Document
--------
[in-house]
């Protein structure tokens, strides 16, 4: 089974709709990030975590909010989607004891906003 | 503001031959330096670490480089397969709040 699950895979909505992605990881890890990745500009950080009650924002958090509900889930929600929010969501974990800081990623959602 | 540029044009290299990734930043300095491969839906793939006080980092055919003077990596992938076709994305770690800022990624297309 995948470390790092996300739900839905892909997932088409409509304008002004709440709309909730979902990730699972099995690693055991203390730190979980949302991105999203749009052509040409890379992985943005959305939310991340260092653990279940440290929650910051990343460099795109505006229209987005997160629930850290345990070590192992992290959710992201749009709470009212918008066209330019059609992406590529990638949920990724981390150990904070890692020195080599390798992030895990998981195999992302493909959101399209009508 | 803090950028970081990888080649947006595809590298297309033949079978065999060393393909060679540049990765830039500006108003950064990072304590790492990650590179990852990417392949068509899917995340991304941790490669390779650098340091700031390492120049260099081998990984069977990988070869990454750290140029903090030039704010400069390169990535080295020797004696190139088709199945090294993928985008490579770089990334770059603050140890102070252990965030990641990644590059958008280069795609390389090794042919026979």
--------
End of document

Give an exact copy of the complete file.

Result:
[in-house]
């Protein structure tokens, strides 16, 4: 089974709709990030975590909010989607004891906003 | 503001031959330096670490480089397969709040 699950895979909505992605990881890890990745500009950080009650924002958090509900889930929600929010969501974990800081990623959602 | 540029044009290299990734930043300095491969839906793939006080980092055919003077990596992938076709994305770690800022990624297309 995948470390790092996300739900839905892909997932088409409509304008002004709440709309909730979902990730699972099995690693055991203390730190979980949302991105999203749009052509040409890379992985943005959305939310991340260092653990279940440290929650910051990343460099795109505006229209987005997160629930850290345990070590192992992290959710992201749009709470009212918008066209330019059609992406590529990638949920990724981390150990904070890692020195080599390798992030895990998981195999992302493909959101399209009508 | 803090950028970081990888080649947006595809590298297309033949079978065999060393393909060679540049990765830039500006108003950064990072304590790492990650590179990852990417392949068509899917995340991304941790490669390779650098340091700031390492120049260099081998990984069977990988070869990454750290140029903090030039704010400069390169990535080295020797004696190139088709199945090294993928985008490579770089990334770059603050140890102070252990965030990641990644590059958008280069795609390389090794042919026979």